“Each release has a unique story behind it for sure, but the most memorable experience was my last release on Deepchord Records (DC15). I mixed this full-length project at the Crown Motel on Woodward/McNichols in Detroit. This motel was a class A dump! The only people that were crazy enough to rent rooms from the Crown were prostitutes, drug addicts, and dub techno musicians. After talking with the attendant, Rod and I drove into the courtyard to find hookers and various drug dealings taking place. At that point, I knew it was the perfect place to mix my project. It took us about thirty minutes to haul my PS3100 and a pile of esoteric equipment into a ground level motel room. I was concerned with all that gear going back and forth between the car and room, but most people were bewildered as to what was going on. They probably thought we were hauling in antique telephone equipment or something (until the windows started to rattle!) With all of my gear spread out over the nasty stained up motel bed (patch cables running everywhere), I flung open the heavy drapes and overlooked the magnificent Crown Motel courtyard, cranked the speakers, and began mixing the depressing grit and grime of the transient life that was before my eyes. As I was recording, the environment became impregnated into the music much like the stains in the permanently soiled carpets of the motel room floor. It’s been 15 years since recording the Crown project, and I’ve recently returned to producing music with that same sense of exploration, vigor, and passion. My hope is to create many more memorable experiences in the future to share with all of my good friends out there that have patiently awaited my return.”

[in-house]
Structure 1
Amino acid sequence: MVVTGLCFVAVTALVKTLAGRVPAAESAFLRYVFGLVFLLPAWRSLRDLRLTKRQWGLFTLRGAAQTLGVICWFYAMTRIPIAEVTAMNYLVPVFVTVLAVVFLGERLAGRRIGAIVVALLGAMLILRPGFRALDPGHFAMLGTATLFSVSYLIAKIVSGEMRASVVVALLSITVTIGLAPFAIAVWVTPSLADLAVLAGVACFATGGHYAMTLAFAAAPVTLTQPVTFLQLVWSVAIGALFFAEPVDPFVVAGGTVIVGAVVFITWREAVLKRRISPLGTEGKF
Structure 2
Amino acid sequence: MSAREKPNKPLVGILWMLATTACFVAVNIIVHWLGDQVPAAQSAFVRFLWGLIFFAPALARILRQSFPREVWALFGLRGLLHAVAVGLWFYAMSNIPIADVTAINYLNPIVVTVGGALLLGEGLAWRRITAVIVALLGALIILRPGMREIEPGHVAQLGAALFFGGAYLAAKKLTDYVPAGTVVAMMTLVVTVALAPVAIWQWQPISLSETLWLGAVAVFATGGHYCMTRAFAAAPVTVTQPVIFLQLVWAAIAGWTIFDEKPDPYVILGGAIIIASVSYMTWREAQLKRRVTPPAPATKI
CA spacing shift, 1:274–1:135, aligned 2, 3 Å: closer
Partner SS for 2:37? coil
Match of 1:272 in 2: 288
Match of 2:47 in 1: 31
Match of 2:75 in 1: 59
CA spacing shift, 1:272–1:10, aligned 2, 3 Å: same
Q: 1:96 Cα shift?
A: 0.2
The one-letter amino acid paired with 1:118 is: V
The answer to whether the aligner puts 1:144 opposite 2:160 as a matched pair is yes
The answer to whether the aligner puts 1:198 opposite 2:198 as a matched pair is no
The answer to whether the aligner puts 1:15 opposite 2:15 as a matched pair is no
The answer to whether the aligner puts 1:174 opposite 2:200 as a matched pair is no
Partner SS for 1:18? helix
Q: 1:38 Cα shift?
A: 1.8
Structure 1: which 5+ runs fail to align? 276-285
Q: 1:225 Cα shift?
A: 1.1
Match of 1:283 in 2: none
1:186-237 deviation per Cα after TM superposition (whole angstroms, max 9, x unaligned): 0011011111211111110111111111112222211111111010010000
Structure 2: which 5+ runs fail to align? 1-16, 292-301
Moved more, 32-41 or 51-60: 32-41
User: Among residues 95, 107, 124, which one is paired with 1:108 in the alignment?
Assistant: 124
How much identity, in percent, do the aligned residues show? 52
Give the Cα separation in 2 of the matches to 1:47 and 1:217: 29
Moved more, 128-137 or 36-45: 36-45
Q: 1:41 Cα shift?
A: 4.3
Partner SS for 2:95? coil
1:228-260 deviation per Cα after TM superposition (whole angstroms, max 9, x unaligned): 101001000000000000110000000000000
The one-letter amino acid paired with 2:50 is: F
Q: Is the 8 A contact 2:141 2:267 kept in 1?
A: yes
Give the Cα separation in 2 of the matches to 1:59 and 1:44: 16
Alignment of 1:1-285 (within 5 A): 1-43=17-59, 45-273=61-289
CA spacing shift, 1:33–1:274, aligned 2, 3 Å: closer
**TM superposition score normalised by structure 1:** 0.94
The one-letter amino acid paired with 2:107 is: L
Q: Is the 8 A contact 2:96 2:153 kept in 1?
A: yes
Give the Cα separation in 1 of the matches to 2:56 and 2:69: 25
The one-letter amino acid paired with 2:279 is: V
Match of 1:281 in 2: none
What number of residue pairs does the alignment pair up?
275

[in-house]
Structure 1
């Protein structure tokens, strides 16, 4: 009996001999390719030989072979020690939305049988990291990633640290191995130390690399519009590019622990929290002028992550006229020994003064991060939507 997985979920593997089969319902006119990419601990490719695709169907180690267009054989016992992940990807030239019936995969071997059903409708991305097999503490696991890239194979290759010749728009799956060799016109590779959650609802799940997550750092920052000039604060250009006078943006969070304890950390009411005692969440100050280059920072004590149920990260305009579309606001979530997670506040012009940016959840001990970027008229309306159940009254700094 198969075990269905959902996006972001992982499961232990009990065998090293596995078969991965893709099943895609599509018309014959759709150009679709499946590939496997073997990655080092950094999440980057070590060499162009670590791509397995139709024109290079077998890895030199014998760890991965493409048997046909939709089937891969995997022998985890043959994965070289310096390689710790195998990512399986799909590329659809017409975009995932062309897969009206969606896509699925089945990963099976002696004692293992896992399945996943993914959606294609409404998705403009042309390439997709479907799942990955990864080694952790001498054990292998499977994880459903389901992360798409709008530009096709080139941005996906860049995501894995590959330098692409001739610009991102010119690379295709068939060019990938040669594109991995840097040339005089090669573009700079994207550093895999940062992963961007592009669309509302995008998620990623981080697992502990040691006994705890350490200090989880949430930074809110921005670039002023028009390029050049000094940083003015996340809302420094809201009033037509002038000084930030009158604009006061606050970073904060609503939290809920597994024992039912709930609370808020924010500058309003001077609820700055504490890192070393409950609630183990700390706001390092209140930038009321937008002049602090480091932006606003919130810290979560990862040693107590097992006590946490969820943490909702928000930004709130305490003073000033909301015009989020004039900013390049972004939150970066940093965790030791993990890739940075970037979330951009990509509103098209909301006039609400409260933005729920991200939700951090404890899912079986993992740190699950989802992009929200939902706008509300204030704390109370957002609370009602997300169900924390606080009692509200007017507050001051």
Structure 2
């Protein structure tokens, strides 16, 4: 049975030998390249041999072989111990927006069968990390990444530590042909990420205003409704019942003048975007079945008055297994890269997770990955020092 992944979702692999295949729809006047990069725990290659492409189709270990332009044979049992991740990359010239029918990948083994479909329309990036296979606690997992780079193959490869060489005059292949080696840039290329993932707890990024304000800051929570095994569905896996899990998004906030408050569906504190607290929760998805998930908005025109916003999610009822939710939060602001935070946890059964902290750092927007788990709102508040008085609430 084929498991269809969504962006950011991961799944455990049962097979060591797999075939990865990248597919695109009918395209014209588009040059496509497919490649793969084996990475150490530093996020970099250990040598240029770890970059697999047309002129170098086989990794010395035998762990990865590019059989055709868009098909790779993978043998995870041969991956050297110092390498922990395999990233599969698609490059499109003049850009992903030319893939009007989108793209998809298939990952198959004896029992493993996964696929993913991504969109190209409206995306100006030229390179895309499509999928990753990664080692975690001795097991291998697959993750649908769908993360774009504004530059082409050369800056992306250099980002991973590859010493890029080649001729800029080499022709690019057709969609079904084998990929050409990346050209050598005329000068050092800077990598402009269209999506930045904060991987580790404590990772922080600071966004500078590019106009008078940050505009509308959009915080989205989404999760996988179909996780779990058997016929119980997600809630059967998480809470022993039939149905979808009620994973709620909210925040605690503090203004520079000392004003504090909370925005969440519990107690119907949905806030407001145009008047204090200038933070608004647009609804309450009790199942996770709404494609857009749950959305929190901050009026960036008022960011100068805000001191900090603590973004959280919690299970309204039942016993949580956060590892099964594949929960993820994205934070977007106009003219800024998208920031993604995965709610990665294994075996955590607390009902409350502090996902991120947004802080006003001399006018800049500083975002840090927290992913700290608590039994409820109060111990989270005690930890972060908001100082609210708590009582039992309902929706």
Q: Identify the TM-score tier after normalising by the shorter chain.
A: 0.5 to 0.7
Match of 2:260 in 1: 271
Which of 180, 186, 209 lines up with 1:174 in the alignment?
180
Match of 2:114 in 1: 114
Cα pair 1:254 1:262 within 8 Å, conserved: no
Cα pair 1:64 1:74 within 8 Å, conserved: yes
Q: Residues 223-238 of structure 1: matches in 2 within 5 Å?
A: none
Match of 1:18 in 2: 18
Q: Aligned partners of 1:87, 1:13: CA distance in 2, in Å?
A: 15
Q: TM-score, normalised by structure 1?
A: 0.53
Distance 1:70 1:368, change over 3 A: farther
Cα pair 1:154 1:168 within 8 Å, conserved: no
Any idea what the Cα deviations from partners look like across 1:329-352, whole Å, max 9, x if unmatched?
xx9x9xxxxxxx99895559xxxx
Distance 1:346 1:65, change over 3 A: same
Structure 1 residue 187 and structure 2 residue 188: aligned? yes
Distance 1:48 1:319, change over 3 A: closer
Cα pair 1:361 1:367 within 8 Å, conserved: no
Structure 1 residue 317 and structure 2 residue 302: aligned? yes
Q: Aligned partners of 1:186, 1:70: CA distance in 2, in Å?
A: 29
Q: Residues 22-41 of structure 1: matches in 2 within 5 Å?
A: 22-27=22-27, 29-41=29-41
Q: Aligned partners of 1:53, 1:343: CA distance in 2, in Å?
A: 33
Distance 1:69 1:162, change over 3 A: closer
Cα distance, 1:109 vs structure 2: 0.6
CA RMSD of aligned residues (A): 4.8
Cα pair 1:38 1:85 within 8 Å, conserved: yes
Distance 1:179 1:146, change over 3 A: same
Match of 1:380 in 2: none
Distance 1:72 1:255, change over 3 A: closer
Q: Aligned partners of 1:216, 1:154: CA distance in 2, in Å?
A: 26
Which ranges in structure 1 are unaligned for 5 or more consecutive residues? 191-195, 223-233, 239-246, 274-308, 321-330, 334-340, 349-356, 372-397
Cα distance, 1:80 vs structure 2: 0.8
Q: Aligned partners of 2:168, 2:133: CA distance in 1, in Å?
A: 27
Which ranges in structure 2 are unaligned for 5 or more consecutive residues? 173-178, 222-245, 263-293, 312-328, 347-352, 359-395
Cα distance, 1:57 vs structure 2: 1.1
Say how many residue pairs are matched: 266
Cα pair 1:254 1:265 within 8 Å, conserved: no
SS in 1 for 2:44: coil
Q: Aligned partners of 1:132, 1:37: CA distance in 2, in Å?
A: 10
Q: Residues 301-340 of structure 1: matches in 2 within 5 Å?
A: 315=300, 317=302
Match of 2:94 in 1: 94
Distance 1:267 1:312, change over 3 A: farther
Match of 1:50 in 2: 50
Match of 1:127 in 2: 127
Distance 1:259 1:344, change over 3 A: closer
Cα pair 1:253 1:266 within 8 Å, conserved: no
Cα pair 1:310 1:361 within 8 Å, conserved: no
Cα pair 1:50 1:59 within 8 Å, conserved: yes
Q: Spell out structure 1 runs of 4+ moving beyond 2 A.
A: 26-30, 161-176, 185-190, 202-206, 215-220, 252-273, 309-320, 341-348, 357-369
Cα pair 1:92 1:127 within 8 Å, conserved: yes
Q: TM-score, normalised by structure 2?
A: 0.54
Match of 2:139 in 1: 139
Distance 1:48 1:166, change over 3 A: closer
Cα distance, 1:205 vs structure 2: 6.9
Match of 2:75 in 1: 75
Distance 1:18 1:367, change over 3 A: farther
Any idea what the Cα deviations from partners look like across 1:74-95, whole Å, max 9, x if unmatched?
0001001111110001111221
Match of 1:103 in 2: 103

15 years is a long time to spend away from music, tell us a bit more about your time out:
“With our first child on the way in 2002, Tarah and I decided to move north out of Detroit, and purchase a small house in my rural home town. There, I spent most of my time fixing up our home, raising our family, and growing a web development company (that I started with a friend). Staying ahead of everyday expenses / obligations became my primary concern. With these added responsibilities, finding time to work on new music seemed like an impossibility. Shortly after our performance at the DEMF, the moment came one night when I told Rod Modell that I wouldn’t be keeping up with the Deepchord releases any longer.
Over the following years I suppressed the desire to create music. I stopped listening to ALL music in lieu of (mostly) AM talk radio. It was difficult. I would often hear acquaintances talk about their “music-making past” as a very significant period in their lives, and more importantly… the regrets they harboured about not being able to still do it today. It was depressing thinking that I could be in this position someday.
More recently, I wondered if I was using all of my talents and gifts properly. My passion to produce music has grown intensely over the last few years. I often reflected about how my father managed to find time to create art while raising his children. I remember him working late nights in his studio after the family went to bed. He always carved out time to paint, and he still does today. Because of his example, coupled with persuasion from my wife and Rod, and an overwhelming urge to record again… I knew it couldn’t be ignored any longer, and it was time to begin again. In hindsight, my hiatus from the music-world turned out to be an important period of growth in my life. The off-period allowed me time to focus on other important things. I’ve matured a great deal spiritually, and discovered the joys of fatherhood and raising a family. “
Has your approach to making music changed?
“My abstinence from music has allowed me the benefit of returning with a clear palate. I approach music differently today than I did 20 years ago. Today, I don’t have any preconceptions of what a track should sound like in advance, or feel compelled to make music that suits a particular audience. I feel more focused on making music that flows directly from my heart and soul without prerequisites. I’m looking forward to sharing my recent works soon. You can expect some releases in 2017 (announcement forthcoming), and to all of you that have welcomed me out of hibernation… I say thank you! I’ve really enjoyed our conversations and I can’t wait to share my musical vision again.”
Mike Schommer’s “Anamnesis Ep” is out on Mosaic 18th September 2017